At the conclusion of optimizing interaction 222, segment routing engine 158 receives a bid on each shopping sub-list from retail servers 140. In one embodiment, a bid is a simple total price for the entire shopping sub-list, while in another embodiment the bid is a list of prices for each item on the shopping sub-list. If, for some reason, a bid is not received from a particular retailer, segment routing engine 158 can recover in several ways. If maximal-coverage shopping sub-lists had been generated, and at least one of retailer servers 140 responded for every item, segment routing engine 158 can proceed with a non-maximal, but still comprehensive, number of bids (i.e., can still proceed as long as every item has at least one bid). If minimal-coverage shopping sub-lists had been generated, and at least one item has no bid at all, segment routing engine 158 can regenerate a new minimal-coverage shopping sub-list that sends the bidless item to a different one of retail servers 140 for bidding. Ultimately, if after recovery attempts have been made no retailer bids on a given item, segment routing engine 158 can proceed with a reduced shopping list (i.e., person 102 will ultimately receive an optimized shopping list that does not include the bidless item). During optimizing interaction 224, segment routing engine 158 transmits the shopping list and bids to ranking engine 160.

Following optimizing interaction 224, at ranking engine 160 optimizing interaction 226 occurs. Ranking engine 160 aggregates shopping sub-list bids received during optimizing interaction 224, analyzes the results, and generates one or more optimized shopping lists for person 102. Each of the optimized shopping lists can include one or more brick-and-mortar or online retailers and items that person 102 should purchase from each. Each of the optimized shopping lists is optimized and ranked based on the preferences of person 102, the retailer and item sentiment scores, the item pricing, and other factors. For example, ranking engine 160 can balance the interest of person 102 in receiving the lowest possible price against the interest in person 102 in frequenting retailers that deliver the best customer experience, depending on the preference of person 102 for one or the other. The optimization can further be refined based on the location of person 102 and the retailers. For example, ranking engine 160 can account for the distance between person 102 and the brick-and-mortar retailers, on the normal commuting route between work and home of person 102, the shipping time or distance between person 102 and a distribution center of an online retailer, and other factors. During optimizing interaction 226, ranking engine 160 transmits the one or more optimized shopping lists to user computer 120.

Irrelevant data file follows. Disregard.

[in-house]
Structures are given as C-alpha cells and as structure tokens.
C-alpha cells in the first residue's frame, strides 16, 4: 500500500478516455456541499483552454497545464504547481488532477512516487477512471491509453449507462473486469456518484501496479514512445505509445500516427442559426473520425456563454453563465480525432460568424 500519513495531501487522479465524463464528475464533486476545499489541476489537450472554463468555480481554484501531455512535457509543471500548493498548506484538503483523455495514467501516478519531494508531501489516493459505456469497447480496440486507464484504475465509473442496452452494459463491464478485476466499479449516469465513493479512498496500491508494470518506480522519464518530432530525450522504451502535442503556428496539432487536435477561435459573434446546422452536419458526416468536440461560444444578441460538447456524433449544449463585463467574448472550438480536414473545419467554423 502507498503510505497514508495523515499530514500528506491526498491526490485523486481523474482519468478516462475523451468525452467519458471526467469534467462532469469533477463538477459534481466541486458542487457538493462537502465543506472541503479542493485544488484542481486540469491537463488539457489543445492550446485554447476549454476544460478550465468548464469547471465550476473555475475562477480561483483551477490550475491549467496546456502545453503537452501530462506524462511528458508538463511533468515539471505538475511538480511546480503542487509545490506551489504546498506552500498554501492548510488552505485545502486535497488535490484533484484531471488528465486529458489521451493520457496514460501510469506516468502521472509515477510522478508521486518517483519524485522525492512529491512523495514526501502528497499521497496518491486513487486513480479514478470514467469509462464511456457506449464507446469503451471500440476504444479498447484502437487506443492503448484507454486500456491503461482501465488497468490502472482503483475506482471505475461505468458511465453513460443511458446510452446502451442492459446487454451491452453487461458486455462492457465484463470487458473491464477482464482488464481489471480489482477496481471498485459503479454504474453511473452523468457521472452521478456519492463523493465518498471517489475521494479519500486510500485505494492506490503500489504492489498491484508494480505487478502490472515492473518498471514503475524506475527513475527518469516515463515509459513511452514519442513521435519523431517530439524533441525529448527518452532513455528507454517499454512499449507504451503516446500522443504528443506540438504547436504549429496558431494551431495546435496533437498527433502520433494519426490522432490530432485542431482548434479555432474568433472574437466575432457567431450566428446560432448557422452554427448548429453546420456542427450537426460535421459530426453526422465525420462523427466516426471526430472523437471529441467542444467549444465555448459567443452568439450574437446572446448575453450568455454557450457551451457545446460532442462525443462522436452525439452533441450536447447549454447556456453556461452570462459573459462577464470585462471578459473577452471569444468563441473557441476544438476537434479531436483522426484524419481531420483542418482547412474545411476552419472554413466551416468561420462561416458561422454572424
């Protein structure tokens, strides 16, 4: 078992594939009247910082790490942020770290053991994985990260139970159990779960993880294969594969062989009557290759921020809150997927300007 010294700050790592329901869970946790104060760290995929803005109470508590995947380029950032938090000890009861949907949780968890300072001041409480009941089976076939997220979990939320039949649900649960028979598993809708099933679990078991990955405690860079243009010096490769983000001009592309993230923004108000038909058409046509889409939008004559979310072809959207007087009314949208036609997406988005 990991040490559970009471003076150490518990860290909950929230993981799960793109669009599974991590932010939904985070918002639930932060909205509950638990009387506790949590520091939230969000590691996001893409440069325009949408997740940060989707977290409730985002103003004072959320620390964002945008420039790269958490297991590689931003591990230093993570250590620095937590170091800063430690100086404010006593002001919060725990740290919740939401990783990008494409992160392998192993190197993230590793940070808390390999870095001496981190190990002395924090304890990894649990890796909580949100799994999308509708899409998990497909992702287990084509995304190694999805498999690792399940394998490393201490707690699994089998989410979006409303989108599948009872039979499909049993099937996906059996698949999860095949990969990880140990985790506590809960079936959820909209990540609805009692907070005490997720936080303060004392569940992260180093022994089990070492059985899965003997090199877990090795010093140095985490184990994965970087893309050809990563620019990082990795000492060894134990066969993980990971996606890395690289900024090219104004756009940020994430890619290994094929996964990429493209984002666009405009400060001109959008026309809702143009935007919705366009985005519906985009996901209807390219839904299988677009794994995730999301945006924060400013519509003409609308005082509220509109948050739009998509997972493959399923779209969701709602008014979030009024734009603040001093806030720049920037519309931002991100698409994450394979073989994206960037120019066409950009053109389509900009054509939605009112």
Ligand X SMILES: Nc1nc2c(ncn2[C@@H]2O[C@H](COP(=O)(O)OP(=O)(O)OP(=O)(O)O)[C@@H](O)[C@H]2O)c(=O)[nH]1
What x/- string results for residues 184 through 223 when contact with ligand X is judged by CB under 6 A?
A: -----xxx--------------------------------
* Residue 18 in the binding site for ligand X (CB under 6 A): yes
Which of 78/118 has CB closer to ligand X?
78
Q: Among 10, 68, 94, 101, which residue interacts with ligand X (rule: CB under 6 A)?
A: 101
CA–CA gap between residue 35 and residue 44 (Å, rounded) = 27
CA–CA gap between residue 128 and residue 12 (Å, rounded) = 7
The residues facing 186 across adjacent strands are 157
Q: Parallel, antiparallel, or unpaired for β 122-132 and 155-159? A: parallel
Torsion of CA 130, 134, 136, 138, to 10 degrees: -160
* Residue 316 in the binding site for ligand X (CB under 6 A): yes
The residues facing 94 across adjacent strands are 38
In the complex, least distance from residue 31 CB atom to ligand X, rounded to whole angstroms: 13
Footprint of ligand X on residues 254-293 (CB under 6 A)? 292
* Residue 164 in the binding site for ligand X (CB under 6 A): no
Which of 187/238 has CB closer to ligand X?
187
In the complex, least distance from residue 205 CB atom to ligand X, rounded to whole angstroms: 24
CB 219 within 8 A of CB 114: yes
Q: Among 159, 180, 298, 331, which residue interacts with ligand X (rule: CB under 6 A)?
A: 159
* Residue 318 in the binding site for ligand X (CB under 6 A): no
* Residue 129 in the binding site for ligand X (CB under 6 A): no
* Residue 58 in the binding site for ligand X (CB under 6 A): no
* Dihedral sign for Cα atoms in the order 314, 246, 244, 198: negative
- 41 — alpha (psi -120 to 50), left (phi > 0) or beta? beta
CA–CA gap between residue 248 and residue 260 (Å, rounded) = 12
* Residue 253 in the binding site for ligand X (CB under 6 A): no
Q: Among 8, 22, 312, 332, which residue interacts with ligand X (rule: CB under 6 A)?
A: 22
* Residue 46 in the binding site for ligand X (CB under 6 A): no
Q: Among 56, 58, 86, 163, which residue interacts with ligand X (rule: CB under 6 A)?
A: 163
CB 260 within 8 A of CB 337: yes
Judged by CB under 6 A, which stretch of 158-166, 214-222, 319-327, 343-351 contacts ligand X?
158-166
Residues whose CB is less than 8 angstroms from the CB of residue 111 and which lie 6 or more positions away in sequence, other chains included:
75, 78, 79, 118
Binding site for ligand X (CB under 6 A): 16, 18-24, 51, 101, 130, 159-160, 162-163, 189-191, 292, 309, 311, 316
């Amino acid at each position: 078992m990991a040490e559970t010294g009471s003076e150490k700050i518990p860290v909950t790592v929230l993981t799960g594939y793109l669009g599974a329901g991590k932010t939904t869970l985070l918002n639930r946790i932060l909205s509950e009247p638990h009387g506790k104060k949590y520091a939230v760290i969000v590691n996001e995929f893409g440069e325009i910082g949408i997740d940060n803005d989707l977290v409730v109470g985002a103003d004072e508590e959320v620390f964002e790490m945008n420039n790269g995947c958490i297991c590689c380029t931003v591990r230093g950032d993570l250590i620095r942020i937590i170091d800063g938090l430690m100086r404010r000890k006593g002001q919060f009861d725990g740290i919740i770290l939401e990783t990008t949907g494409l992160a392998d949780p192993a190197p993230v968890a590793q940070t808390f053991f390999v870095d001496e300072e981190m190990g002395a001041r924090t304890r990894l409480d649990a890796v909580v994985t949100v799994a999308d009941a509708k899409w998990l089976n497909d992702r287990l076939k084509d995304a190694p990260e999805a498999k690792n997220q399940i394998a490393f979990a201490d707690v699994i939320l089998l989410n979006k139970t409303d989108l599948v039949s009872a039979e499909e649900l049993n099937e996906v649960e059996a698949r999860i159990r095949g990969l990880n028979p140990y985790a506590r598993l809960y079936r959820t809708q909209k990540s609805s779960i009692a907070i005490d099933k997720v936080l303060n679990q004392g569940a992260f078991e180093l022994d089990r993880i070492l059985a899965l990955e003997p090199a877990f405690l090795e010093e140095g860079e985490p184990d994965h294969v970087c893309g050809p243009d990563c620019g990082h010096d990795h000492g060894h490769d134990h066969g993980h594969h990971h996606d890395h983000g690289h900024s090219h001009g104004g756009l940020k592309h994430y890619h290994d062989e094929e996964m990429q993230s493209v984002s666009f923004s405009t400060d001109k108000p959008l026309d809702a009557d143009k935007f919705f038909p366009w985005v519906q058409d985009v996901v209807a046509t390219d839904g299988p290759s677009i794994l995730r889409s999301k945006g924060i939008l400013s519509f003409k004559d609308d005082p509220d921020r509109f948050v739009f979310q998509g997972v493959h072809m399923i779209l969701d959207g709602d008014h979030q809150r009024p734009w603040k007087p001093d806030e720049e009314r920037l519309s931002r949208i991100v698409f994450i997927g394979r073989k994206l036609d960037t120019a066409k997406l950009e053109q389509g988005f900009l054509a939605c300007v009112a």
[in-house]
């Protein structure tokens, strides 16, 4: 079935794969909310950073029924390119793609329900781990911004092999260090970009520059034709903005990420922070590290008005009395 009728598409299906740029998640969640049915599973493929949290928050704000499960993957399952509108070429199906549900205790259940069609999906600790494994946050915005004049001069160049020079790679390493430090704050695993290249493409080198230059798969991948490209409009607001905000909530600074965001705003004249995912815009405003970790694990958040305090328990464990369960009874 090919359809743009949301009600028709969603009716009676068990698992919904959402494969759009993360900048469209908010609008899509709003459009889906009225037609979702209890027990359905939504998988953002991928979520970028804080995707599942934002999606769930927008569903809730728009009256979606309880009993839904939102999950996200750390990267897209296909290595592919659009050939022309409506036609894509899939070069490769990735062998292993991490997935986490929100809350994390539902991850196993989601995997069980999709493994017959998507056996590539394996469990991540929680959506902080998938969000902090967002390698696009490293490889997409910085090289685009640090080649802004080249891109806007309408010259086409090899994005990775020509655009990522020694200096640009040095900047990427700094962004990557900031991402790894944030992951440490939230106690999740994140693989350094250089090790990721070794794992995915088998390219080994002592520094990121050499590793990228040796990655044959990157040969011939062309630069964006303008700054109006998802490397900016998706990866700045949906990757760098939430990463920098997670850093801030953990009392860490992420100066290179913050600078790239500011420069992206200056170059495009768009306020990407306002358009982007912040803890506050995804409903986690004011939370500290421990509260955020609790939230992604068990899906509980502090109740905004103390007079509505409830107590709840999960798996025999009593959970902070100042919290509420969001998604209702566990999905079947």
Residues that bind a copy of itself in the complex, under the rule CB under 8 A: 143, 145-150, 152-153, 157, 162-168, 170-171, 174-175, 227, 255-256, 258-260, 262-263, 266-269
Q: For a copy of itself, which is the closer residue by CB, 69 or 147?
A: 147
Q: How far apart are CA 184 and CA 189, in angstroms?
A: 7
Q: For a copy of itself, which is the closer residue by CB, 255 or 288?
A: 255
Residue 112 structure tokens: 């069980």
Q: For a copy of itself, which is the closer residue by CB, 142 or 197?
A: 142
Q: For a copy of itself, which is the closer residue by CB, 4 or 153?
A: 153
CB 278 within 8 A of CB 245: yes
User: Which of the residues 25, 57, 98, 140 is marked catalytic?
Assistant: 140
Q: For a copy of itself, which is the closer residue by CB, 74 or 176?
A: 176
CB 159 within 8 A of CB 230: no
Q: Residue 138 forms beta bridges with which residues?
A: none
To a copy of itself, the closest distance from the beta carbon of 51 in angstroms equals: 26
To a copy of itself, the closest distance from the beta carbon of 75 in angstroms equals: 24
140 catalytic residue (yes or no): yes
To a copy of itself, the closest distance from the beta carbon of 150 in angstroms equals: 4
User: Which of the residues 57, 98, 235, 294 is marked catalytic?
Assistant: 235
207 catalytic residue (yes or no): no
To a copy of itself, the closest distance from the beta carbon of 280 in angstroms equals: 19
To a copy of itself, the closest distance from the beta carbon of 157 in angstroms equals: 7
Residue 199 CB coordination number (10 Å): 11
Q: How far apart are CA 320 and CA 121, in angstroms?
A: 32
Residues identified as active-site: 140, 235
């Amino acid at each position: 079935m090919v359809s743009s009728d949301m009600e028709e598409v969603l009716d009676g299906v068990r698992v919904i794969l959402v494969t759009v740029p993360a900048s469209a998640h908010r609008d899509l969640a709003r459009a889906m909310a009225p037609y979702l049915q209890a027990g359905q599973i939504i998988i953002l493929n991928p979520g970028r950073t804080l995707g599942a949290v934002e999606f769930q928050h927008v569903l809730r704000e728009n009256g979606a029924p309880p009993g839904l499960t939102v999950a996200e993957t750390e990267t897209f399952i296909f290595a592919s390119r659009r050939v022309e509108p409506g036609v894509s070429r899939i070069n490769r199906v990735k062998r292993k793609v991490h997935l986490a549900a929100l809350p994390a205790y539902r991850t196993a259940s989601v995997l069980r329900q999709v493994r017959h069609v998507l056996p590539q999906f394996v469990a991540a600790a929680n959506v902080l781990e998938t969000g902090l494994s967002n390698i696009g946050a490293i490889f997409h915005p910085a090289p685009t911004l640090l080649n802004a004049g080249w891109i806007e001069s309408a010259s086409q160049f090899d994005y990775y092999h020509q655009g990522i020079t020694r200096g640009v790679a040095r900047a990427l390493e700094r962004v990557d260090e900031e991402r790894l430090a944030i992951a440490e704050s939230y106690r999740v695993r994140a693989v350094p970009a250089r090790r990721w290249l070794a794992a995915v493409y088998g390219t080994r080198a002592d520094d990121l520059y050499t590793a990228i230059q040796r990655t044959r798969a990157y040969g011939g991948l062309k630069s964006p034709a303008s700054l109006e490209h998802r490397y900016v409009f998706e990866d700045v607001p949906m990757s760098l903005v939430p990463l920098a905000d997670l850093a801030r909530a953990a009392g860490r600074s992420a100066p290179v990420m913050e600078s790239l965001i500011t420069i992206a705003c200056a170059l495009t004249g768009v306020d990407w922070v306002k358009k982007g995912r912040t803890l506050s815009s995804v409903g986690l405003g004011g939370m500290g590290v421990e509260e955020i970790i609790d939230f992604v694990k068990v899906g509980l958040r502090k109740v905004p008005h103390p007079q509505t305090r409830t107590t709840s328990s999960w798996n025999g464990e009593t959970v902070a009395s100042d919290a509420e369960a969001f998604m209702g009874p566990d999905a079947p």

In one embodiment, optimizing interaction 226 is repeated by ranking engine 160 in response to dynamically changing conditions. For example, in response to dynamic discount conditions, ranking engine 160 can receive updated discount information from discount engine 154 via segment routing engine 158 (i.e., via repeated optimizing interactions 214 and 224). Having received the updated discount information, ranking engine 160 can regenerate one or more optimized shopping lists for person 102 and retransmit them in a repeated optimizing interaction 226. For another example, in response to dynamic price or inventory conditions, ranking engine 160 can receive updated price or inventory information from segment routing engine 158 (i.e., via repeated optimizing interactions 222 and 224). Having received the updated price or inventory information, ranking engine 160 can regenerate one or more optimized shopping lists for person 102 and retransmit them in a repeated optimizing interaction 226.

Following optimizing interaction 226, at user computer 120 person 102 can review the one or more optimized shopping lists and select one to perform. Further, person 102 can also modify the selected optimized shopping list by adding or removing one or more items. While person 102 performs the selected optimized shopping list (e.g., by walking, driving, or taking public transportation to a brick and mortar retailer, or by making online purchases, or both, etc.), during optimizing interaction 228 user computer 120 transmits the selected optimized shopping list (as modified by person 102, if applicable) to optimization server 150, where it is stored with customer preferences and other data in customer data 162. Person 102 thereby receives the benefit of shopping with the selected optimized shopping list, while optimization server 150 thereby receives the benefit of learning which of the optimized shopping lists was selected for performance, and what modifications person 102 made to it (if any).